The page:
One challenge to achieving global harmonization is that different countries “want so many different bands” that it will be difficult to accommodate all of them in a single schema. Hopefully, technical studies will provide a basis for guiding future choices. But there was considerable pressure for different countries and different interests to stake out positions at the ITU’s 2015 World Radiocommunication Conference (WRC15) that took place in November 2015, in anticipation of the next iteration of the Conference in 2019 that will play an important role in shaping the 5G standard.

Another challenge to development of a unitary standard is that the wide range of use cases that have emerged for wireless communications may require a variety of technical solutions that will be difficult to encompass in a single standard. For example, Jeffrey Carlisle, Executive Vice President for Regulatory Affairs at LightSquared, questioned whether extremely high frequency mmW spectrum will be able to provide the density and ubiquity of access needed for applications such as autonomous vehicles, drones or the Internet of Things. Dennis Roberson responded by stating that while mmW technology is “new and shiny”—and will certainly be an important component of 5G—there will still be a need for lower frequency “beachfront spectrum,” and 3G- and 4G-based networks will still be widely used for many years after introduction of 5G networks.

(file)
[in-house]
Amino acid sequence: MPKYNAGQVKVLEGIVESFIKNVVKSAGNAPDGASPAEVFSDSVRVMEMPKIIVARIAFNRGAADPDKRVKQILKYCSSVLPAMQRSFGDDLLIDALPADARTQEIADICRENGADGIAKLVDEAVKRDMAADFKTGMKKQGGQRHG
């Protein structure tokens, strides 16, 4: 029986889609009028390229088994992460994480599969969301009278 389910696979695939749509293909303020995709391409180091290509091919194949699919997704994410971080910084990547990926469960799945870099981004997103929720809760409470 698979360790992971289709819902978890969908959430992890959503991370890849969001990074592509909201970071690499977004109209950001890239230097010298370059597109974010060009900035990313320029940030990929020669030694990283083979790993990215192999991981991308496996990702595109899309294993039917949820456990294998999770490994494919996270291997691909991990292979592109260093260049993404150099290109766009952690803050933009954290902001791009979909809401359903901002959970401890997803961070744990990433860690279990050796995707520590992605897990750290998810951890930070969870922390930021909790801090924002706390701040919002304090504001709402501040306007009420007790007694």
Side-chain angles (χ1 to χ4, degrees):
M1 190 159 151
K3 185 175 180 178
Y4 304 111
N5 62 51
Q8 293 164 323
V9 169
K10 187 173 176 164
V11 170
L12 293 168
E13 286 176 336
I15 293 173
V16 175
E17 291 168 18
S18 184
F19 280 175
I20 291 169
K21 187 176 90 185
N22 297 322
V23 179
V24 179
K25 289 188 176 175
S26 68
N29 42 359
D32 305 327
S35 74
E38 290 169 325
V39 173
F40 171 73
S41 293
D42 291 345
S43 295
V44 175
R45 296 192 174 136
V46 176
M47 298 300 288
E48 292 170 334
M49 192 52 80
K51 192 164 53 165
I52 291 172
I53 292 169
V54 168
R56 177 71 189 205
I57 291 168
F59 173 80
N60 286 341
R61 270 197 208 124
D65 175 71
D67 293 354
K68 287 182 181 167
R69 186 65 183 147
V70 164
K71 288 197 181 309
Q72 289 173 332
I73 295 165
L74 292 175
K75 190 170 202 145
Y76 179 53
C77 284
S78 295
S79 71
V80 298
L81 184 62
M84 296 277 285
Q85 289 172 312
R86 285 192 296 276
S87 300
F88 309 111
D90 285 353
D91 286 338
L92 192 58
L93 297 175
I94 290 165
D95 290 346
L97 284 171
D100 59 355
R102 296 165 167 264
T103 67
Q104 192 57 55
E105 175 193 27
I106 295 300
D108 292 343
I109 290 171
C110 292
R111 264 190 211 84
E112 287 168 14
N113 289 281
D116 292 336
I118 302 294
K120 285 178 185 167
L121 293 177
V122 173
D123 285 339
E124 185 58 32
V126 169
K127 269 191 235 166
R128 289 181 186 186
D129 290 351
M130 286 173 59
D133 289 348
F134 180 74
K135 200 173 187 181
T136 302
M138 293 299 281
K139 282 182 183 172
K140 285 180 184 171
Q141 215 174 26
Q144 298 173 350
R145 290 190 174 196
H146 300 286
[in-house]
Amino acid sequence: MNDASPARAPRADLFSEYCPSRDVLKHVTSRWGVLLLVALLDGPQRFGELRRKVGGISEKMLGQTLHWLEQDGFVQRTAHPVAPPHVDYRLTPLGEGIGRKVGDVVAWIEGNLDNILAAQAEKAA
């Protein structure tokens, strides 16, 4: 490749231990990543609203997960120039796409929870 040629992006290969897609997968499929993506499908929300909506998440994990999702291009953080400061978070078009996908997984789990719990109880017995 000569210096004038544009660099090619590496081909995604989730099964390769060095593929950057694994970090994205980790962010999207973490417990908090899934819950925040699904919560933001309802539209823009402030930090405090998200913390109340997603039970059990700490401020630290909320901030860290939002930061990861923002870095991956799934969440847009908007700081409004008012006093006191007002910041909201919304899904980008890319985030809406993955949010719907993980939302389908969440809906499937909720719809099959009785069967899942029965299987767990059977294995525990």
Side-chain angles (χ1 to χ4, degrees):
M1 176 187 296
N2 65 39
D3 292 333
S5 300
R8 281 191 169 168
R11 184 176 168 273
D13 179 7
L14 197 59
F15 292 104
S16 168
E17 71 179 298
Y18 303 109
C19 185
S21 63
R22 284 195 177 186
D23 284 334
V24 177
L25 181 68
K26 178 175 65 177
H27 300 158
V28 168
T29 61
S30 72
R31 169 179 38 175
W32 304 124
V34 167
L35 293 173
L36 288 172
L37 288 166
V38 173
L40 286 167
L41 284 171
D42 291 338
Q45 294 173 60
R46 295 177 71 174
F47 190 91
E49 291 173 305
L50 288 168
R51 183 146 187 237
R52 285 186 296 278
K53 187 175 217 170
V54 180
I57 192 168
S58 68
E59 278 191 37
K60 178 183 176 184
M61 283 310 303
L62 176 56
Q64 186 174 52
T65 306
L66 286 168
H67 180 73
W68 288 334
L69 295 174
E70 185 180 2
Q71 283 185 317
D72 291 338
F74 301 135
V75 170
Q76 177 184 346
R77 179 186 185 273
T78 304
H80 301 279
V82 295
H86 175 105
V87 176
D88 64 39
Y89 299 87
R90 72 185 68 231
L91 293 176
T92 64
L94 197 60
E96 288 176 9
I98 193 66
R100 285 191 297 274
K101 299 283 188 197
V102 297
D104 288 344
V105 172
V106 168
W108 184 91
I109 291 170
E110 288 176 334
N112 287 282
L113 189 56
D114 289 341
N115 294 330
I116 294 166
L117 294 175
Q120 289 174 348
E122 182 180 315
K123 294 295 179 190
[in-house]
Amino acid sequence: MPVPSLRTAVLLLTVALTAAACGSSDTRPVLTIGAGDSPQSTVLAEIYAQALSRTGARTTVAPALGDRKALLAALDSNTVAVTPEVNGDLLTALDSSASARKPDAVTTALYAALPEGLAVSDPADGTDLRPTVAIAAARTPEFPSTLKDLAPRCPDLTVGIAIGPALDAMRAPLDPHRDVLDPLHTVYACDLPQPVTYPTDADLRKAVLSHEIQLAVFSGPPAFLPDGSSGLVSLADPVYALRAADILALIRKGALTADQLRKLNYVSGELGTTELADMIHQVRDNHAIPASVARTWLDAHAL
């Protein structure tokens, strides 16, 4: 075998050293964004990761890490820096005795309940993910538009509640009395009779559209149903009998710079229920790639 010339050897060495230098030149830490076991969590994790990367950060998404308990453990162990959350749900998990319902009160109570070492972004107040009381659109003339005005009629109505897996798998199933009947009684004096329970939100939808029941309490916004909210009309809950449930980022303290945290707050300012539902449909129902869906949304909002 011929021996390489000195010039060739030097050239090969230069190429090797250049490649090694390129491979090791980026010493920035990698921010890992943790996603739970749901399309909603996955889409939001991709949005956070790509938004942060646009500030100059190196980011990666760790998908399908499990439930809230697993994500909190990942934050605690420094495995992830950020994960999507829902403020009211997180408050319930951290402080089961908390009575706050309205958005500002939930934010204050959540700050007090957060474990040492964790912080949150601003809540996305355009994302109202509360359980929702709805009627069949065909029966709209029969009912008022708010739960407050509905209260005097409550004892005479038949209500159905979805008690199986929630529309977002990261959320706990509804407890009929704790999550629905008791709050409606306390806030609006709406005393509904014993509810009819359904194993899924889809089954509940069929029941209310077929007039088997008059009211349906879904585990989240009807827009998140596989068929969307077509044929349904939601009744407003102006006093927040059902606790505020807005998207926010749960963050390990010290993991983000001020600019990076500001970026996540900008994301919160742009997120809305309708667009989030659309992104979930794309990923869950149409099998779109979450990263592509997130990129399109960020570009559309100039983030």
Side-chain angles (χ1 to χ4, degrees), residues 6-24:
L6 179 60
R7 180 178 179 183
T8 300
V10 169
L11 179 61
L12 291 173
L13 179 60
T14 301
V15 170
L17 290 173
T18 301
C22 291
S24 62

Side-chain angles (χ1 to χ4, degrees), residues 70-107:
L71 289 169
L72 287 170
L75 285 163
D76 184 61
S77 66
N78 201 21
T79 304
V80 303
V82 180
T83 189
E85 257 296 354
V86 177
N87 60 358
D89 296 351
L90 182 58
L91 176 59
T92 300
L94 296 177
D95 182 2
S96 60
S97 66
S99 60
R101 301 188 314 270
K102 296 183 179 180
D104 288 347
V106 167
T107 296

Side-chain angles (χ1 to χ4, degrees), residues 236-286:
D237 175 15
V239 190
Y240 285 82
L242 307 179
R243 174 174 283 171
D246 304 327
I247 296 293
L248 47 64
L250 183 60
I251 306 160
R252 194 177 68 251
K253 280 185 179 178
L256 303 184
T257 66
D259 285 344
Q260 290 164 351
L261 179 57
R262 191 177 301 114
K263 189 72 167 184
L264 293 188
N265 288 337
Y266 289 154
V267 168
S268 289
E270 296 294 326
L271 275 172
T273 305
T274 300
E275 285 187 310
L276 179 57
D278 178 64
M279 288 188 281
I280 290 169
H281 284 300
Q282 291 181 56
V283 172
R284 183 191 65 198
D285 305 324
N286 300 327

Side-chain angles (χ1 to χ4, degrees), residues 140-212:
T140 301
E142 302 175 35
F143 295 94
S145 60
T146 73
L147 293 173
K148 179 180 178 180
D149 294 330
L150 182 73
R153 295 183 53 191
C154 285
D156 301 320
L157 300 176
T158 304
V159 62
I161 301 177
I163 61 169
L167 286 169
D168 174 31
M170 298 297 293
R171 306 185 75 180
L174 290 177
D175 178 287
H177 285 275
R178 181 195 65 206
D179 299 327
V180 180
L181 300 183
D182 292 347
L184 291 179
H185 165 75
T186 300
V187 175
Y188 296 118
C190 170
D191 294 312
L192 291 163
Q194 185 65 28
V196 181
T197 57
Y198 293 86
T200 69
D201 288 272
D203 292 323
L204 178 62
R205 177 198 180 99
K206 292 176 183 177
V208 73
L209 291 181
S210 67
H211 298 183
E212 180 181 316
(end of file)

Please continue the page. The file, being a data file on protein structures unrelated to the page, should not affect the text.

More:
Dale Hatfield, Senior Fellow at the Silicon Flatirons Center at the University of Colorado, pointed out that there is inevitably a conflict between squeezing out the maximum capacity from a given bit of spectrum and providing for flexibility of use. Deciding on how usage of various parts of the spectrum will be regulated will require making decisions about that tradeoff, and may entail regulators abandoning strict neutrality. Peter Pitsch, Executive Director for Communications Policy at Intel, added that making such decisions is difficult as long as the ultimate uses for spectrum remain unclear. A regulatory agency like the FCC can encourage companies to invest in 5G technologies by developing a framework that gives them flexibility to balance business and technical tradeoffs as they become more apparent in the future, while eliminating regulatory uncertainty in the present.